Towards an Online Automatic Translation System of Amazigh Documents based on UNL Graphs

Ali Rachidi, Driss Mammass

Abstract


The use of IT tools with Tamazight Berber is an absolute requisite for giving this language full citizenship on the Web in particular and in the digital world in general. Thus, the need to create Tamazight digital documents is becoming increasingly urgent. Granted, Unicode now includes the full Tifinagh character set, but the question that remains is how to implement information interchange between Tamazight and the languages of the Web. We contend that the best and simplest way to share concurrent revisions of the same text in multiple languages is to coedit text in natural language and then to render it into Interlingua (IL) for dissemination. This method allows the participants to (i) translate the text, with modifications if any, from L0 into IL, and subsequently to (ii) regenerate the text in L1 ... Ln starting from the same IL representation.

Generators will never be perfect. Therefore, manual editing should always be allowed, because the automatically generated IL form may be irremediably inexpressive, or may altogether be unavailable due to lack of relevant data in the knowledge base. Since Universal Networking Language (UNL) graphs seem to be the best tool for the job, human participants should use a UNL editor for manual translation and revising. We propose that the collaborative manual translations be done on the Web with the help of the bank of multilingual utterances compiled by C. Boitet's team (GETA, CLIPS, IMAG à Grenoble, France). The resulting Tamazight utterances should then be integrated in a UNLXML document. At a later stage it will be necessary to build a UNLTamazight deconverter and a TamazightUNL enconverter, relying on the knowledge base built on top of the objects that have been tagged so far.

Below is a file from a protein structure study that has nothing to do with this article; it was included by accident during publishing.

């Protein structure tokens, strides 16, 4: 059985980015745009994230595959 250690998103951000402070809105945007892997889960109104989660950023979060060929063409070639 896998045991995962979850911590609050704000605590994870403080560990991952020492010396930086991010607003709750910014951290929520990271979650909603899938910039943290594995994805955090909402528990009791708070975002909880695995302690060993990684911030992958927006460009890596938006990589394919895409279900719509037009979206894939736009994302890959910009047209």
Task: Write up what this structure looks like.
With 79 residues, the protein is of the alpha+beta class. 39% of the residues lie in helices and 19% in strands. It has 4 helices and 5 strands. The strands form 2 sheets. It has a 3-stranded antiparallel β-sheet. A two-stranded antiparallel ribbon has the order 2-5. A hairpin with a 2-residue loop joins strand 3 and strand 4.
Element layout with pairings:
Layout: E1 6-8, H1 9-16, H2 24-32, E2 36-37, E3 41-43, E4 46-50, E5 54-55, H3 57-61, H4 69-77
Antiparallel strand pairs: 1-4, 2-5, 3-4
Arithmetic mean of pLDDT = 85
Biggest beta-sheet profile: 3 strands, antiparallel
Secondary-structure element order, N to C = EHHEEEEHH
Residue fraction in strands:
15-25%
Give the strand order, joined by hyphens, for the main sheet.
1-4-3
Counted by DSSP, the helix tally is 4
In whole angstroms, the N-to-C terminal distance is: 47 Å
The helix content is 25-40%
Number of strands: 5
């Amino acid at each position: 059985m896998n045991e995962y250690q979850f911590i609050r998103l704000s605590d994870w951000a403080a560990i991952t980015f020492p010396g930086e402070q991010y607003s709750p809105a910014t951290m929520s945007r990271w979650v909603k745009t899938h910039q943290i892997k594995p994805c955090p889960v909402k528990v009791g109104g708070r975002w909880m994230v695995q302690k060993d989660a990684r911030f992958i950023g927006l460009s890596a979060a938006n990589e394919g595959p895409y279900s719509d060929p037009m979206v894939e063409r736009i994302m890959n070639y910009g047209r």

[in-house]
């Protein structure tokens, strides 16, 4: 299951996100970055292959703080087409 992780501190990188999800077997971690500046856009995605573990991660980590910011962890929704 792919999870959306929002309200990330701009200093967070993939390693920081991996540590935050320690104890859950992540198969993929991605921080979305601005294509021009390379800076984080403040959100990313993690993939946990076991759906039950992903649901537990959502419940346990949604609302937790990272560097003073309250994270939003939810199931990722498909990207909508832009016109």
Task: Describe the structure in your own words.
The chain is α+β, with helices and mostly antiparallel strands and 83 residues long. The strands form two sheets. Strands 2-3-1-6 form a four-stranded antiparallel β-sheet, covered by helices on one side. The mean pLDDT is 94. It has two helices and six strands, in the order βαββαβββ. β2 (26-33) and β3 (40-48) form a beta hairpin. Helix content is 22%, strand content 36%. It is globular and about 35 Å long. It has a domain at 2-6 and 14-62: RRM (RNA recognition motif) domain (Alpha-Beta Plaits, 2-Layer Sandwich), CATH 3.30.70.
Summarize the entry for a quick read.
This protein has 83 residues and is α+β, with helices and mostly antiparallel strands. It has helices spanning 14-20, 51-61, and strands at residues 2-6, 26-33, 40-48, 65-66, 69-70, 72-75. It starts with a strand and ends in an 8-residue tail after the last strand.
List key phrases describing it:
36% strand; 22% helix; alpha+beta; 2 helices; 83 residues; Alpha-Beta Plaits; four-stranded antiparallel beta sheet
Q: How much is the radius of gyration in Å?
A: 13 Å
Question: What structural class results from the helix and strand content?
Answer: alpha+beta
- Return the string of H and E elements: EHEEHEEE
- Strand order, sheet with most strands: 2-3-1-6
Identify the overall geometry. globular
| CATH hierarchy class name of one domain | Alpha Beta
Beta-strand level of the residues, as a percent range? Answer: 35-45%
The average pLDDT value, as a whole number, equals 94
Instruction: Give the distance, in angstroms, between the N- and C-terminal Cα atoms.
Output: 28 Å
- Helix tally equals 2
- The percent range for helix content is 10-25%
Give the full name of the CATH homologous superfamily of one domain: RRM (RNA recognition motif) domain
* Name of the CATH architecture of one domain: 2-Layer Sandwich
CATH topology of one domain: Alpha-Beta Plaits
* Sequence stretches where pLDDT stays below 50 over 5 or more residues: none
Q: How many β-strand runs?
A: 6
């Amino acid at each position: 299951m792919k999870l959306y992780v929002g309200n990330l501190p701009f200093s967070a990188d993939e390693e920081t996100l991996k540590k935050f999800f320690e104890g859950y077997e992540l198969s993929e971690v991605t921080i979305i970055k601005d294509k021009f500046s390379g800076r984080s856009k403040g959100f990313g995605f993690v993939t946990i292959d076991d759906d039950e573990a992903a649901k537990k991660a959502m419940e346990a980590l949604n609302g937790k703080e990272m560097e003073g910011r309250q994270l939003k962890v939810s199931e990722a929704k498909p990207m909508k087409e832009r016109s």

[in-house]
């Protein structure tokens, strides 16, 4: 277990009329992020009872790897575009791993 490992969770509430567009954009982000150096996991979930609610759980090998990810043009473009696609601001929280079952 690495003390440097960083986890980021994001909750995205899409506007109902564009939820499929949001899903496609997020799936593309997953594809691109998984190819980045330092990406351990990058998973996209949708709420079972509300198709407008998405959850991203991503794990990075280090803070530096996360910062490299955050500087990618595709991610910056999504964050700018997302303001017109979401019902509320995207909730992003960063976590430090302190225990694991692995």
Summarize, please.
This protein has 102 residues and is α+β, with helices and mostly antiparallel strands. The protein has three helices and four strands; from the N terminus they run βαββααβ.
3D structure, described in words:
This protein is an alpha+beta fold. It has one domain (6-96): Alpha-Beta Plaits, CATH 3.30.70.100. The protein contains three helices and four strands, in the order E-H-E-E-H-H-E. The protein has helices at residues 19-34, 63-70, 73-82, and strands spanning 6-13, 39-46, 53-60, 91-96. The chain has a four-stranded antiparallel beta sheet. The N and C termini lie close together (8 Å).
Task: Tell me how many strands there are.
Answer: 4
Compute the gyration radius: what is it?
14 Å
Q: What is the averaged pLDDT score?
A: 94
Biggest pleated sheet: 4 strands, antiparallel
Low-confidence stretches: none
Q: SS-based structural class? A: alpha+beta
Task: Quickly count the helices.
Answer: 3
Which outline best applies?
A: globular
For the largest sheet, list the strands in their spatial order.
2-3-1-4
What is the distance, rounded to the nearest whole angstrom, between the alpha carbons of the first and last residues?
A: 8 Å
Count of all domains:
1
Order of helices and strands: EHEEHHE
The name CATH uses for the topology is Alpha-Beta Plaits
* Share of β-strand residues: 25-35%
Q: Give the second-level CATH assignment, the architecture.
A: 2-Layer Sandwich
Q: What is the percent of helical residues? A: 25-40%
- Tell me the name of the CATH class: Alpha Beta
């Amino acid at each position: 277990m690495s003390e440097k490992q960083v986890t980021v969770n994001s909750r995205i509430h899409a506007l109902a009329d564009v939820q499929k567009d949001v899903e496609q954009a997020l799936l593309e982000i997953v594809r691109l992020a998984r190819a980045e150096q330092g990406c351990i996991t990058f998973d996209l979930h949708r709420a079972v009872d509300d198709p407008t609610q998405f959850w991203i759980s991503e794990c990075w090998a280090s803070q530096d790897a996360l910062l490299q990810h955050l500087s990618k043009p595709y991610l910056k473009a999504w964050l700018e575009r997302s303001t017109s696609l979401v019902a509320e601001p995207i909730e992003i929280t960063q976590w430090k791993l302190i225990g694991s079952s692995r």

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Copyright (c) 2007 Ali Rachidi, Driss Mammass

Creative Commons License
This work is licensed under a Creative Commons Attribution 4.0 International License.

ISSN 1114-8802 / ISBN 2665-7015

Last updated : October 26, 2019